According to a new memoir written by a Reagan White House official, President Ronald Reagan gave his approval in January of 1982 for a CIA plan to subvert the economy of the Russian Empire through the covert transfer of technology that housed hidden malfunctions. This plan included the transfer of software that would later be responsible for a massive explosion in a Central Asian natural gas pipeline.
In his book “At the Abyss: An Insider’s History of the Cold War,” Thomas C. Reed, a former Air Force secretary who’d been working in the National Security Council at the time, recounts the event. Reed was serving in his position at the time. According to Reed’s account, the explosion at the pipeline was only one example of the “cold-eyed economic warfare” waged against the Soviet Union by the CIA during the latter years of the Cold War under the leadership of Director William J. Casey. Casey was in charge of the agency at the time.
During this time period, the United States was making an effort to prevent Western Europe from purchasing natural gas from the Soviet Union. There was additional evidence suggesting that the Soviets were attempting to steal a broad array of technologies from the West. Then, an informant with the KGB divulged the particular shopping list, and the CIA smuggled the defective software to the Soviets in a manner that they would not be able to detect.
“In order to disrupt the Soviet supply of gas, its hard currency earnings from the West, or the internal Russian economy,” writes Reed, “the pipeline software that was to run the pumps, turbines, as well as valves was programmed to go haywire, after a decent interval to reset pump speeds or valve settings to generate pressures far beyond those acceptable to oil and gas industry joints and welds.” This was done in order to “disrupt the Soviet gas supply, its hard currency earnings from West, and the internal Russian economy.”
As a consequence, he says, “the outcome was the most colossal non-nuclear explosion and fire ever seen from orbit,” and he goes on to say that satellites owned by the United States detected the explosion. An interview with Reed revealed that he said the explosion took during the summer of 1982.
According to what he said, “while there were no physical deaths as a result of a pipeline explosion, there was substantial harm to the Soviet economy.” “The end of the Cold War was not precipitated by a violent conflict or an exchange of nuclear weapons; rather, it was brought about by its final bankruptcy. The Soviets eventually came to the realization that they had been taking fake technology, but at this point, they were at a loss as to what action to take. Therefore, it is possible that each and every cell that makes up the Soviet behemoth is contaminated. They had no means of knowing which pieces of equipment were legitimate and which ones were fake. Everything seemed to be in question, which was precisely the result that the whole operation had been designed to achieve.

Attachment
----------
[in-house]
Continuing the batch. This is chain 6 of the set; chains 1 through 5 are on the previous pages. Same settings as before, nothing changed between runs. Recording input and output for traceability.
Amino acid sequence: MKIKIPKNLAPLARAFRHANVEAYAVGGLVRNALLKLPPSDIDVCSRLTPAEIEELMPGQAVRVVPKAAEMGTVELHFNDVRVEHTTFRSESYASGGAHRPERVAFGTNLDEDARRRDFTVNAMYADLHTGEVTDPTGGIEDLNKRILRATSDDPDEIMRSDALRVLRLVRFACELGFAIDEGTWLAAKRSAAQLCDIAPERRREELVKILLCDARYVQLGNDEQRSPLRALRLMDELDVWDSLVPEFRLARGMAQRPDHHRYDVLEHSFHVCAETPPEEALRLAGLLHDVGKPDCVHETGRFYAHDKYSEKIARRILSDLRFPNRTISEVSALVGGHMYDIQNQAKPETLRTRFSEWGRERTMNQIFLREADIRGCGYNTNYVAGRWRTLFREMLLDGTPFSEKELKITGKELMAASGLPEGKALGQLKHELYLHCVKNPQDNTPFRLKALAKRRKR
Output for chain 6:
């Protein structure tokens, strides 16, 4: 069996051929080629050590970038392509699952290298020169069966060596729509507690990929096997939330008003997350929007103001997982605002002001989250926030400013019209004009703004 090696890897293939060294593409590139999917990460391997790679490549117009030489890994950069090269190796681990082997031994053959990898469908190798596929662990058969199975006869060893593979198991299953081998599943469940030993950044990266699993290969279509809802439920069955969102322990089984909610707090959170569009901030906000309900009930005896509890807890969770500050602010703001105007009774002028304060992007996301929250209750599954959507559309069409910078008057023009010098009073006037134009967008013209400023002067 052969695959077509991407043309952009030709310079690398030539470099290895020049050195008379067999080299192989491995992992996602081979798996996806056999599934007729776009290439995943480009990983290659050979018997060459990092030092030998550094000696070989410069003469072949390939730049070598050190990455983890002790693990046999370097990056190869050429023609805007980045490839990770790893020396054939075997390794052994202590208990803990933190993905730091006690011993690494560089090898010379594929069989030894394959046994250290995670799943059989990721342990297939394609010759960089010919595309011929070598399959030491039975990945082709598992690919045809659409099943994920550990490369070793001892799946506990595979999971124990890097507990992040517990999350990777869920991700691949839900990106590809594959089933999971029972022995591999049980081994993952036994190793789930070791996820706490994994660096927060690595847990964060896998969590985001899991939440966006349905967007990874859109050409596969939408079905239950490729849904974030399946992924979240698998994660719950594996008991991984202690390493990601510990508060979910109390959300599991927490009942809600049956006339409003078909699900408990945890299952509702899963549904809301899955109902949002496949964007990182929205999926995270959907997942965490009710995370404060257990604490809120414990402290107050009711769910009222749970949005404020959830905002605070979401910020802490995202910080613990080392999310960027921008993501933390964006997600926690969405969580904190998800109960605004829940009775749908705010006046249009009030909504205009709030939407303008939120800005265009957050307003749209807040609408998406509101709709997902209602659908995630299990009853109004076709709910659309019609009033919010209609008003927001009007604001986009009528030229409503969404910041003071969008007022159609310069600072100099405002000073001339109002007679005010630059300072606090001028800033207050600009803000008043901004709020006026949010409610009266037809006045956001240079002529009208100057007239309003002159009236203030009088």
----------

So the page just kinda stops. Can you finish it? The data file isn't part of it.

Reed said that he was able to acquire permission from the CIA to disclose facts about the operation. An intelligence operation dubbed the Farewell Dossier allowed the Central Intelligence Agency to understand the entire scope of the KGB’s efforts to get Western technological know-how.
A portion of the operation was made public in the past, notably in a report published in 1996 in Studies in Intelligence, which is the official journal of the CIA. Gus W. Weiss, a specialist in technology and intelligence who sat on the National Security Council with Reed and was important in the development of the plan to transfer the defective materials, authored the report. Reed was also a member of the National Security Council. Weiss died Nov. 25 at 72.
According to the article written by Weiss and the book written by Reed, the Soviet authorities established 1970 a new unit of the KGB known as Directorate T in order to sift through Western research and development for desperately needed technologies. Line X was the name of the operations arm of Directorate T that was tasked with stealing the technology. During one visit to a Boeing facility, “a Soviet visitor glued adhesive to his shoes in order to gather metal samples,” Weiss recounted in his piece. This occurred because the Soviet Union was known to often send spies along with official delegations that traveled to the United States.
Then, in July 1981, during an economic summit in Ottawa, the President of France, Francois Mitterrand, informed Reagan that French intelligence must have obtained the services of an agent they dubbed “Farewell,” which was Col. Vladimir Vetrov, a 53-year-old engineer who’d been assigned to evaluate the intelligence collected by Directorate T. Mitterrand told Reagan that French intelligence had obtained the services of such an agent they dubbed “Farewell.”